But we ran into a problem: a lot of the matches are outliers, so they will skew the homography matrix with disastrous results. We solve this problem with RANSAC, random sample consensus. First, we pick 4 random matching pairs (we need at least 4 pairs of points to solve for the homography matrix). We calculate a homography matrix from these random pairs. Next, we apply the matrix to all the matching points in one image, then compare them with the matching points in the other. If the difference is within a certain tolerance level, the point pair is an inlier. We iterate this process, keeping the homography matrix that resulted in the most inliers.

4. Combine the images

Now we can combine the two images. Using the homography matrix, we warp one image into the reference frame of the other. We make adjustments so that both images fit into the panorama without clipping. Where the images overlap, we blend them together.

And here’s a panorama with three photos. The photo at the top of this blog post is used on the far left. Click to see it in its full glory:

In this panorama, there is clipping so that there is no blank space in the image.

I visited Skogskyrkogården, which, despite it being a relatively new 20th-century construction, is a UNESCO World Heritage site.

The buildings had different architectural styles— the Chapel of Resurrection had clean lines with a Greek column entrance, the Woodland Chapel blended in with the forest with its earthy colors and pyramid roof.

From the entrance, I walked up a hill into a grove of trees, a place of meditation. Then I walked for a long time on a gravel pathway (Seven Springs Way) that cut through a forest to the Resurrection Chapel. Graves were arranged in neat rows in the forest, and a soft light filtered through the trees. The intent is to reflect on nature as you contemplate life and death.

Near the Woodland Chapel was the grave of Greta Garbo. I had previously never heard of the famous actress, but her named cropped up everywhere on my trip. It turns out she was one of the foremost actresses of her generation. First, I saw her on the 100 kronor. Next, in one of the hotels we stayed at, we were assigned to the “Garbo room.” Pictures of her lined every wall. The hotel bed was a canopy bed that she had once used. And the largest portrait of all, of Greta’s confident, piercing gaze, was hung over the bed. When I first arrived at the hotel room, I found this shrine to her unsettling, and was unsurprised that no one had specifically requested this room. But then I got used to Greta staring through me and came to appreciate the room’s quirk. At Skogskyrkogården, her grave was a prominent circular plot with a wide berth of grass, her signature in gold carved into a red marble stone. The plot, isolated from the others, felt rather lonely.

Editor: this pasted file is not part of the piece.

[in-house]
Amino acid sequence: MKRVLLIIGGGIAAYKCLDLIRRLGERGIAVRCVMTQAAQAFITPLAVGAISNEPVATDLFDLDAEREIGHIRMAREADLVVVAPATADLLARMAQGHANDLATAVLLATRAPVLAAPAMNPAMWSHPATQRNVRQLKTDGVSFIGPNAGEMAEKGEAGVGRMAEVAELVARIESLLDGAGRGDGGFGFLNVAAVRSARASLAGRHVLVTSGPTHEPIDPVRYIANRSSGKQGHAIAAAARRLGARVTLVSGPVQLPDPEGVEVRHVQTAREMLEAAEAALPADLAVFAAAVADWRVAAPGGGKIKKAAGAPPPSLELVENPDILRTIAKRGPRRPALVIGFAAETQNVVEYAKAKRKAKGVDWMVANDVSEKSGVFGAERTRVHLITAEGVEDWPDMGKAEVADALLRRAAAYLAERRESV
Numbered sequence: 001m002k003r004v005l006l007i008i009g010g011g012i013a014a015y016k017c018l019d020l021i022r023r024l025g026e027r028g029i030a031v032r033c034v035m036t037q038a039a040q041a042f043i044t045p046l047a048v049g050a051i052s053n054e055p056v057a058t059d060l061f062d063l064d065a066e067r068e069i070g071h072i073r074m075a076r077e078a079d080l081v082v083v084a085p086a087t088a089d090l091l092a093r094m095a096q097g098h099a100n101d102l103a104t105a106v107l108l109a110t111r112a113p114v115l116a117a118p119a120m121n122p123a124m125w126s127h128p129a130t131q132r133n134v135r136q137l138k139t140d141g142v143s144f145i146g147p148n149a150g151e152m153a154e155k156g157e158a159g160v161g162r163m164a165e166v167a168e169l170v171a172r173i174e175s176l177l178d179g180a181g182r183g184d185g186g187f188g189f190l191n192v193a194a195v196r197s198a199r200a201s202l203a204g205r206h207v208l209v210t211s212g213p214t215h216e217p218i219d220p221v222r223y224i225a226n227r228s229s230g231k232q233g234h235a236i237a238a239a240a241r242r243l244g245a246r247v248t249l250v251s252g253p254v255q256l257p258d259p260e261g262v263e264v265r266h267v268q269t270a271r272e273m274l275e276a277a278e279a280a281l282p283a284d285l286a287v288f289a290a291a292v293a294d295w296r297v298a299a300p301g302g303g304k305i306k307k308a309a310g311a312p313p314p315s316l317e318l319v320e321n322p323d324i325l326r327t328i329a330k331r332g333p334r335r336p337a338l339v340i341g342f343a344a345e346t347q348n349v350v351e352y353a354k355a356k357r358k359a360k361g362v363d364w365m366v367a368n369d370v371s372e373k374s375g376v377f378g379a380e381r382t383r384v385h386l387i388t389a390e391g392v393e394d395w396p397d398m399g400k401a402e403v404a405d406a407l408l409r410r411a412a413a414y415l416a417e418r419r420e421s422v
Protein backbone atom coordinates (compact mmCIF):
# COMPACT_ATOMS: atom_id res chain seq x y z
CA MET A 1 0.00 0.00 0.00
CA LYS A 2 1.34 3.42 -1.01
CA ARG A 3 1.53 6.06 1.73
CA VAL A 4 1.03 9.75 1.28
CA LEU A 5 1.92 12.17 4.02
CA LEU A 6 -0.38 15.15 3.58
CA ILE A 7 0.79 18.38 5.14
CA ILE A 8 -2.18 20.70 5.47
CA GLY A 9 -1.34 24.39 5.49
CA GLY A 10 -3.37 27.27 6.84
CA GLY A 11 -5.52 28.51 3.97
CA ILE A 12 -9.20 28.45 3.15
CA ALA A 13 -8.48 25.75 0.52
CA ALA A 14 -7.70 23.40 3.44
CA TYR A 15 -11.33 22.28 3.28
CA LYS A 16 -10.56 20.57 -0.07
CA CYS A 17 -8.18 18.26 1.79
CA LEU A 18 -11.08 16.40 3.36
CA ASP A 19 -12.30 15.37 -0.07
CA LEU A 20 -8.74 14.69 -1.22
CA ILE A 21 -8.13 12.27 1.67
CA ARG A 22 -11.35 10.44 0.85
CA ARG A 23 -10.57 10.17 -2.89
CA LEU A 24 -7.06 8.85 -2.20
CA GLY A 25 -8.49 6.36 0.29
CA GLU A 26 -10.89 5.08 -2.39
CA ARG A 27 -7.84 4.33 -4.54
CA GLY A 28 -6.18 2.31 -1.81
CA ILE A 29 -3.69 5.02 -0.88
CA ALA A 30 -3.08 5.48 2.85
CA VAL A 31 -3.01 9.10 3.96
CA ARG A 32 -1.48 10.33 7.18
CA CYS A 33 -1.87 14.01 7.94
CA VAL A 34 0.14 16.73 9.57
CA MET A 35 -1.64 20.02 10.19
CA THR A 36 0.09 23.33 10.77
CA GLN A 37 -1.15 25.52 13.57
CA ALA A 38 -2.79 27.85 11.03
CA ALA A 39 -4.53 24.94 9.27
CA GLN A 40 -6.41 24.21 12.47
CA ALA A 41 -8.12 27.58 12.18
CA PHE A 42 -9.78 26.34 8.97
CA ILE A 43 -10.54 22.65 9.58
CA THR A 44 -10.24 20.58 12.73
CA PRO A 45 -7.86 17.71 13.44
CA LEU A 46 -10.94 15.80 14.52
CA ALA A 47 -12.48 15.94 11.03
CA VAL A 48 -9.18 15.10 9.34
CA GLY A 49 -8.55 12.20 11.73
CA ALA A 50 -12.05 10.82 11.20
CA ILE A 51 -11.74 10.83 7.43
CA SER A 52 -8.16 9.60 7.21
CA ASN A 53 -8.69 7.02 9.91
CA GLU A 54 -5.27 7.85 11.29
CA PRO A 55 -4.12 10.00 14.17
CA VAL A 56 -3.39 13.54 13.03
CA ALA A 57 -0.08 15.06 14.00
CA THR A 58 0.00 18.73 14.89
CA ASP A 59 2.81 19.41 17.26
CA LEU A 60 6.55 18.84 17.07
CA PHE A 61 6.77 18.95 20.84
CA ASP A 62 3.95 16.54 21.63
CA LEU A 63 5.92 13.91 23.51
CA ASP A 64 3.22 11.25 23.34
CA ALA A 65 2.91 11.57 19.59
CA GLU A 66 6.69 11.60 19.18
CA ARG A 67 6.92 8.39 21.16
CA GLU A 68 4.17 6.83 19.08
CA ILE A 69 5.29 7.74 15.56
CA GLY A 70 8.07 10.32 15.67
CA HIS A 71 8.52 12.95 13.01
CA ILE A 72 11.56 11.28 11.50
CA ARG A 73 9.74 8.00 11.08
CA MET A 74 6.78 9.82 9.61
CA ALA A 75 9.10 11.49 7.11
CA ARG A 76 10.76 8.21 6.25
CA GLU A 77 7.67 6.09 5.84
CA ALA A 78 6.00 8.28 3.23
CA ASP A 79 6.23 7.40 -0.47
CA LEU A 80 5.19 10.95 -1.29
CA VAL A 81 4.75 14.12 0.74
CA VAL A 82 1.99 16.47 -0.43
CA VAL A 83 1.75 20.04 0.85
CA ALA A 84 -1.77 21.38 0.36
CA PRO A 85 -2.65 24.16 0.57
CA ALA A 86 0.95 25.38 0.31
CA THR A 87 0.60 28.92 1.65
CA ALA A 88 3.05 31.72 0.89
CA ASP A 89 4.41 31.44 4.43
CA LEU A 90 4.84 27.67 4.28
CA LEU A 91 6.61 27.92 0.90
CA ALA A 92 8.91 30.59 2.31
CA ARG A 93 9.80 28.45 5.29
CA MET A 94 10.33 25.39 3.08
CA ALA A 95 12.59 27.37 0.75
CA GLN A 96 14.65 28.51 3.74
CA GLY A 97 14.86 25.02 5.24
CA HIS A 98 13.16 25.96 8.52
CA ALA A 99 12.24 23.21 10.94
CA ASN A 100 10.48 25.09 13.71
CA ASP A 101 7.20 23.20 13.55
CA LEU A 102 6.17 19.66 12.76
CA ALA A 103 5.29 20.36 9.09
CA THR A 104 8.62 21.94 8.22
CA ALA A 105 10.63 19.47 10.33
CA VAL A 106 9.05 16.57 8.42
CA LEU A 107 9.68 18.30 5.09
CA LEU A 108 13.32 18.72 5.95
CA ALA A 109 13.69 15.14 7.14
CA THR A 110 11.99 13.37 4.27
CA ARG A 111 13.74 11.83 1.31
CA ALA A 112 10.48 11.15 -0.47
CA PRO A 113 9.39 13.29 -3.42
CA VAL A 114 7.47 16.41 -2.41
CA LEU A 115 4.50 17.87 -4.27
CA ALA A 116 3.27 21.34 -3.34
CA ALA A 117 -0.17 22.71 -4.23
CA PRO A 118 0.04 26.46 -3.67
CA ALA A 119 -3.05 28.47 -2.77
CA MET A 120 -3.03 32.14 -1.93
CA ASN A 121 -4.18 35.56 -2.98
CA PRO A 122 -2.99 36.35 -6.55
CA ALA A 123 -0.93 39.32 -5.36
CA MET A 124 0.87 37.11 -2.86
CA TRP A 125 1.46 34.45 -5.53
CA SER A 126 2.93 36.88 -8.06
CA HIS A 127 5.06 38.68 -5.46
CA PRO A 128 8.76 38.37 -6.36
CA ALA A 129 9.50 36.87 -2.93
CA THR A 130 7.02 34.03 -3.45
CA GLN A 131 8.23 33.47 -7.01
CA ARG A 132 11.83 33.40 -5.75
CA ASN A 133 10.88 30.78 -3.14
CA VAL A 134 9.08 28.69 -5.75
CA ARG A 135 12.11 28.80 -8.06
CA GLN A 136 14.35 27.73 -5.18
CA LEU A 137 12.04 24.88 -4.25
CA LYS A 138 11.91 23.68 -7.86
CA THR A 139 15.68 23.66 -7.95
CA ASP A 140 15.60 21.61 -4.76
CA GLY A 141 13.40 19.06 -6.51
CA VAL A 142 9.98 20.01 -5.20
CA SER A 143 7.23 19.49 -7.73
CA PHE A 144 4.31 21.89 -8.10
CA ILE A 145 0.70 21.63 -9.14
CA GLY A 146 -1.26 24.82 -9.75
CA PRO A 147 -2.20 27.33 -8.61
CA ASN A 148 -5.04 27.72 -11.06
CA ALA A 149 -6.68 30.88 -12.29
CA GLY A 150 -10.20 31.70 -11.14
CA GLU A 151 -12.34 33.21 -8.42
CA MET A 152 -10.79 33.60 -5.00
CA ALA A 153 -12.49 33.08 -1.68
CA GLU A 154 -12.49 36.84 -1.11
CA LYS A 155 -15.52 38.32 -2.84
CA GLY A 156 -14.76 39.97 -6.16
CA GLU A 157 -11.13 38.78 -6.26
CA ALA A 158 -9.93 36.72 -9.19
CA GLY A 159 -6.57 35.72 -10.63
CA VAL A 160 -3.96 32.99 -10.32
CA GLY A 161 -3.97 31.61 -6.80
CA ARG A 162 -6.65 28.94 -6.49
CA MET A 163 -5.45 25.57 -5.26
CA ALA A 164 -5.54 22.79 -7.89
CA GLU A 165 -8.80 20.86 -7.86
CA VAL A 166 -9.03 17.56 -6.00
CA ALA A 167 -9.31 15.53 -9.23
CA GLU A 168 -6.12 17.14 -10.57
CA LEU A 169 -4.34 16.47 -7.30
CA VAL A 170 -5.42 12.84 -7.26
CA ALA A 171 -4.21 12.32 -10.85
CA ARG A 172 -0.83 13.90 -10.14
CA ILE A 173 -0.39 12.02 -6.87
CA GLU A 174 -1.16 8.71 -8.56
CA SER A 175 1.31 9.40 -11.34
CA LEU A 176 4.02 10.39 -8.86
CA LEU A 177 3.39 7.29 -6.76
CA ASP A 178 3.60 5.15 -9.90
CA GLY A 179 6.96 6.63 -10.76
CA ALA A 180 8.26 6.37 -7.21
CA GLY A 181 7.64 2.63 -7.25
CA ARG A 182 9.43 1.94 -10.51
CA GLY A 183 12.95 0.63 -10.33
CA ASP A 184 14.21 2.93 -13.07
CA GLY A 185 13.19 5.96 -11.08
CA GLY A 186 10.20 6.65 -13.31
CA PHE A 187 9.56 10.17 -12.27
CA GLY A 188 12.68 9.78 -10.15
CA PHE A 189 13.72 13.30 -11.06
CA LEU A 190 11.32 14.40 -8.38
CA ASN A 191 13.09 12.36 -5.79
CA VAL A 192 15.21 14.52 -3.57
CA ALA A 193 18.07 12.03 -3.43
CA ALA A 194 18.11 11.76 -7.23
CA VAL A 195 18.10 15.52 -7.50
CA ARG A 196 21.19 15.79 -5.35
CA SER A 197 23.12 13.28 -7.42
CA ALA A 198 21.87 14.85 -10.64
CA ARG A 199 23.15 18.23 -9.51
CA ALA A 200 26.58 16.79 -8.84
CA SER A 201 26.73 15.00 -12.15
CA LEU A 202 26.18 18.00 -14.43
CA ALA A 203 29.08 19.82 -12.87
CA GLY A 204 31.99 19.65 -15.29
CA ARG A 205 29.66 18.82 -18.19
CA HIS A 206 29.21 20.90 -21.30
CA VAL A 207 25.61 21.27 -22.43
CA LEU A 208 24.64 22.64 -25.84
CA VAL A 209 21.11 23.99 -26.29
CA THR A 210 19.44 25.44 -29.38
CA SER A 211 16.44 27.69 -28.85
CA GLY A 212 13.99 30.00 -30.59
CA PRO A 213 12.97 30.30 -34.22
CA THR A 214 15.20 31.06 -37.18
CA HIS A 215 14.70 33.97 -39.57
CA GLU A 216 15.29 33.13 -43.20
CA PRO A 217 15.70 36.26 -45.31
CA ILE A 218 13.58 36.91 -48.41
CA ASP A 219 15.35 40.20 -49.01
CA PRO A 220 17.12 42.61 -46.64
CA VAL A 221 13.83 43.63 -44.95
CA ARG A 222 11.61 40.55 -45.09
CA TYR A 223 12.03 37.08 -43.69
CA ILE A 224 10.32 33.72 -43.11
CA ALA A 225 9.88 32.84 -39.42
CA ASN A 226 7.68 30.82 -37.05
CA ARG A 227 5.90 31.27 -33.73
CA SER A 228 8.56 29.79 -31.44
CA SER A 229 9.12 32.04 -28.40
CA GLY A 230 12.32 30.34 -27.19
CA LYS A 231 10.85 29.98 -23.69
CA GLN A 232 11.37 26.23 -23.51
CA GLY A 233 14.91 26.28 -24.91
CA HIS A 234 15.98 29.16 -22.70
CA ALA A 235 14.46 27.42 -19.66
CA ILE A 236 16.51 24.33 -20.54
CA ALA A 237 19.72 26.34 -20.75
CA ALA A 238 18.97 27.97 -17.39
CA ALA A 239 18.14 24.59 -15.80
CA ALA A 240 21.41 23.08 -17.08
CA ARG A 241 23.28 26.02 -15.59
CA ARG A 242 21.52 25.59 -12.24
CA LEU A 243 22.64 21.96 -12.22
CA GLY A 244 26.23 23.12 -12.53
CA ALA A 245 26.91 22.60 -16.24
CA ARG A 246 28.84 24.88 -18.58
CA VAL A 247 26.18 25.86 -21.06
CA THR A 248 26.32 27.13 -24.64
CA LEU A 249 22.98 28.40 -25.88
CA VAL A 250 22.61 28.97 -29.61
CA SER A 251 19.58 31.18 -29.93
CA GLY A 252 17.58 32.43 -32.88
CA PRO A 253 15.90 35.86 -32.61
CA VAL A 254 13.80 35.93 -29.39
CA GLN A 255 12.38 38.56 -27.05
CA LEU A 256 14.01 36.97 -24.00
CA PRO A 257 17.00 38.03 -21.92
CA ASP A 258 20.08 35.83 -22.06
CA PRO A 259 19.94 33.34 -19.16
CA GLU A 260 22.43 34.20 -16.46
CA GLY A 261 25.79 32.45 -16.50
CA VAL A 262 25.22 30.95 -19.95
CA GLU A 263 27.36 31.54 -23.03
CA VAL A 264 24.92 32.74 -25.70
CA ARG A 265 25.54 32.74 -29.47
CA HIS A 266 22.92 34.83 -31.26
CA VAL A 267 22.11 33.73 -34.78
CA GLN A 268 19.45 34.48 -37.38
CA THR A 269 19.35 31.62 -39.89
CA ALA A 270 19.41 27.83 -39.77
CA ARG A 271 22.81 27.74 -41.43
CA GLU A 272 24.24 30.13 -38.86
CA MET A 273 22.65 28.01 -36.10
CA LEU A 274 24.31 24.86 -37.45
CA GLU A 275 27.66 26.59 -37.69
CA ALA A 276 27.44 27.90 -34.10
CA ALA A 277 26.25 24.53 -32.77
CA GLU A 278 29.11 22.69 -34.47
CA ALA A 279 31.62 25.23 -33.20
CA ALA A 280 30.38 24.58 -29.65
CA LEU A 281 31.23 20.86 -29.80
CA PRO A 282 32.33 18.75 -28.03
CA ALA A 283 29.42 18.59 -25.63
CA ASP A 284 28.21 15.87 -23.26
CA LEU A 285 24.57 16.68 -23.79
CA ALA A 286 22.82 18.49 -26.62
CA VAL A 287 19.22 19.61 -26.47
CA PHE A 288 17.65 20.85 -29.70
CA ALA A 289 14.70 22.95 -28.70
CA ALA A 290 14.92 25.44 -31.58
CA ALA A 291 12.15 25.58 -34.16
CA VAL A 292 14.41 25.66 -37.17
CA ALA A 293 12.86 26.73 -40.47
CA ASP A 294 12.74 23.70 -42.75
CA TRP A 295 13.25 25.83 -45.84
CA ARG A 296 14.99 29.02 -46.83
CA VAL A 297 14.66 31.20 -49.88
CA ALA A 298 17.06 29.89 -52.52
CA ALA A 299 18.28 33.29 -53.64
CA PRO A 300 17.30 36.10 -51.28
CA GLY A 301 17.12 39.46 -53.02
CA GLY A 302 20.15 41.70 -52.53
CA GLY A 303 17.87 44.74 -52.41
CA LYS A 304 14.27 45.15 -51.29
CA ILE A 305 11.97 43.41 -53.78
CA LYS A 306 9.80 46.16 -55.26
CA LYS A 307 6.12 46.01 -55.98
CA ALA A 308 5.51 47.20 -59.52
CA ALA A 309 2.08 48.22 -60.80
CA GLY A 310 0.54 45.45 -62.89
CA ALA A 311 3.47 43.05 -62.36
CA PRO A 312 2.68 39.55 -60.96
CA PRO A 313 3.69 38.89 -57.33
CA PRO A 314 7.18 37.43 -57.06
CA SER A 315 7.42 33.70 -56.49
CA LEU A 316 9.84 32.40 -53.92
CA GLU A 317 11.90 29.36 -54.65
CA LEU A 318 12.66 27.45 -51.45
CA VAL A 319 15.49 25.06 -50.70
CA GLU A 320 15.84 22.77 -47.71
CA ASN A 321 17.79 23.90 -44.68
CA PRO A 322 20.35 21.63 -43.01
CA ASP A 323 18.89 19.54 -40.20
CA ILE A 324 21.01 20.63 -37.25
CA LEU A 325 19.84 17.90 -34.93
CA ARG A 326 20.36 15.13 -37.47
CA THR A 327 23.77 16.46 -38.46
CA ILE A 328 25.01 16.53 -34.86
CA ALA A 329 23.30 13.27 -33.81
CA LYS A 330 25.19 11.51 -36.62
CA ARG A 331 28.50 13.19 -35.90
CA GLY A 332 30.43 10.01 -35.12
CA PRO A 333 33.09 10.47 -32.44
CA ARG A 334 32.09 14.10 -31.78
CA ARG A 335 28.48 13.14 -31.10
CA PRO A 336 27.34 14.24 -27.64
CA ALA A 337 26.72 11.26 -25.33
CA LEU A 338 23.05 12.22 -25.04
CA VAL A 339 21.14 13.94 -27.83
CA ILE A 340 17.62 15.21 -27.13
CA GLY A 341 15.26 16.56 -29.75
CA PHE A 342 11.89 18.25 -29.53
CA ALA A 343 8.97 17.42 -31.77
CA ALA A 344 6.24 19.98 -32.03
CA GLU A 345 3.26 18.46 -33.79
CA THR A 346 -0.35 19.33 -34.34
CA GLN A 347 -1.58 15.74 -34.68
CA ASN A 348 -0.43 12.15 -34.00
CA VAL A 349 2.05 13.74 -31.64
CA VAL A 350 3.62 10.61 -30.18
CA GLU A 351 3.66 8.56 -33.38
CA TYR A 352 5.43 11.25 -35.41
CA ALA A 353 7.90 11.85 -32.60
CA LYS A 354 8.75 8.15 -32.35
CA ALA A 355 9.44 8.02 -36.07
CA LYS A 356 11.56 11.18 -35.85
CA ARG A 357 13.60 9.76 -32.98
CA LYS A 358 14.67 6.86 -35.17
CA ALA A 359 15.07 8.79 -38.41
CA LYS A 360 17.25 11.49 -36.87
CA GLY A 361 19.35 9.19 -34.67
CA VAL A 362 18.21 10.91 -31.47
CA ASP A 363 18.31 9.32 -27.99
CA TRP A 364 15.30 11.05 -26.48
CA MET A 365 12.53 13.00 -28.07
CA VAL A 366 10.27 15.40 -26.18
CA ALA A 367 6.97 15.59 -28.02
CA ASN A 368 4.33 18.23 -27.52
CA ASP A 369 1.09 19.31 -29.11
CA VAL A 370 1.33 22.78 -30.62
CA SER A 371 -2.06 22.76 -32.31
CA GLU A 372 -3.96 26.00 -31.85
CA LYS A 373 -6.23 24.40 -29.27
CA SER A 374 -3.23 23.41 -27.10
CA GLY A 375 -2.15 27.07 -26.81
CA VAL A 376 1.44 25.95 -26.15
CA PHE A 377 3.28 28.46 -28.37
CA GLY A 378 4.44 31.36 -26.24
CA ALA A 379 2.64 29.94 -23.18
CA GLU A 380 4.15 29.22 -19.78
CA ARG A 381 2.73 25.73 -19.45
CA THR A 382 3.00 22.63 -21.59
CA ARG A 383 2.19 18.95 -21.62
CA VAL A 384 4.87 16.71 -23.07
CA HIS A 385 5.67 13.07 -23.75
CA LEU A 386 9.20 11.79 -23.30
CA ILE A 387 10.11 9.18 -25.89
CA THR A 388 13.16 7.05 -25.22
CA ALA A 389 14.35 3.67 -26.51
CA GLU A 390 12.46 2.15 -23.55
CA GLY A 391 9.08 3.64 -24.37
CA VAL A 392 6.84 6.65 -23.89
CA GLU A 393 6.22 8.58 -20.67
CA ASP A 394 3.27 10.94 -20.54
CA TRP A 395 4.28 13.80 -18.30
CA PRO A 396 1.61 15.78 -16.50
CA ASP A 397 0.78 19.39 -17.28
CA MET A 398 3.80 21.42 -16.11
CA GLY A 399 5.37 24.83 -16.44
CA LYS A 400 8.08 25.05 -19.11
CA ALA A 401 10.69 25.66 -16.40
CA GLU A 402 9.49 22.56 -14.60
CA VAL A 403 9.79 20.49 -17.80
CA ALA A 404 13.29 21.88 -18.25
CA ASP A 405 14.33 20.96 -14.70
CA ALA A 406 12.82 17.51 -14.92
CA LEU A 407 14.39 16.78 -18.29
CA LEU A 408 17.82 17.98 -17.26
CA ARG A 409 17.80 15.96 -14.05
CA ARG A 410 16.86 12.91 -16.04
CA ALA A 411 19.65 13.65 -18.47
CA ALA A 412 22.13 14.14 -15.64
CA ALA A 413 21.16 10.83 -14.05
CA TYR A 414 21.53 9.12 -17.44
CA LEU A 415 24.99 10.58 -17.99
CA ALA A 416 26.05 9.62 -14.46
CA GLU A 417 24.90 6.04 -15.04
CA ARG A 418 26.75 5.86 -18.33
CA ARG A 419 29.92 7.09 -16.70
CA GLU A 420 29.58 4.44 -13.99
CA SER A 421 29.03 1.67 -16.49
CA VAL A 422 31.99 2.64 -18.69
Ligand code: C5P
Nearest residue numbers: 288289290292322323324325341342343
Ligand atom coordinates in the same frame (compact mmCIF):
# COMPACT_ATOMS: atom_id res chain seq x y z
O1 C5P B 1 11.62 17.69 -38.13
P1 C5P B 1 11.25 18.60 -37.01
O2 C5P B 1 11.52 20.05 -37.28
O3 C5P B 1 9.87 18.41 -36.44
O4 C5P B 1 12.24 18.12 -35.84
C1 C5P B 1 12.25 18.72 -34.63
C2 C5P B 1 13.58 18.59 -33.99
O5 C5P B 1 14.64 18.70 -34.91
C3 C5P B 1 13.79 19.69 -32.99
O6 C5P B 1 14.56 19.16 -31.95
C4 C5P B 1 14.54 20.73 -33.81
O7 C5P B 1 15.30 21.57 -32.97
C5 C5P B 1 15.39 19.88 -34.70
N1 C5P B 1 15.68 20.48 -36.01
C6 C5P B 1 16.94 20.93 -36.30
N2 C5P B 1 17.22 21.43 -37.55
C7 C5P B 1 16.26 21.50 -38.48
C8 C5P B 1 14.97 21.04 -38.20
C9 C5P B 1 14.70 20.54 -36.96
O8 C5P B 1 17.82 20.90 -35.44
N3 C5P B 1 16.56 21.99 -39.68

Across the street of the entrance to Skogskyrkogården was another cemetery. Each plot was clinically labeled with a number and which maintenance group it was in. One grave was covered in flowers and stuffed toys. There was an etching of a young boy’s face, and the years showed he was only five.

There are a fair number of geocaches around Carnegie Mellon.

Geocaches. Let me show you.

I found geocaches in Schenley Park. I was walking in a forest trail, when I noticed there was a geocache on the adjacent golf course. So I stepped out of the trees and someone on the green let me putt. I thought it was funny, that some random woman comes out of the trees and your first instinct is to offer her a chance to hit a golf ball.

This geocache was tricky to find. I had to scale a wall then feel around the hollow parts of a sign.

This nondescript geocache in Woodland Park was a clever hide, completely hidden underground. Pulling on the circular stopper revealed the bison.

There was a geocache hidden in a tree by the dog park too.

This geocache off of Princeton’s Nassau Street looked like a wad of gum.

A geocache was embedded into a park’s stone sign.

I found some geocaches in Stockholm. As a city with lots of foot traffic, the good old metal plate geocache was popular.

There were a few caches off of the islands of Skeppsholmen and Kastellholmen. This geocache was found in a rock nestled into the corner of a footbridge.

A geocache was in a rabbit hole near the museum of modern art. The string to pull up the cache was hidden under a pile of dead grass in a tree trunk.

A geocache was hidden in one of these mailboxes. The cache owner posted a hint as to which one (it was the white mailbox on the left).

There was a magnetic geocache on the Skeppsholmsbron bridge.

A geocache was brazenly hidden right in front of the Royal Palace (the “GC” magnet near the bottom of the parking ticket dispenser).

And finally, there was a geocache in Old Town. Each tourist was doing his own thing, so no one noticed notice that I was reaching into a rain gutter.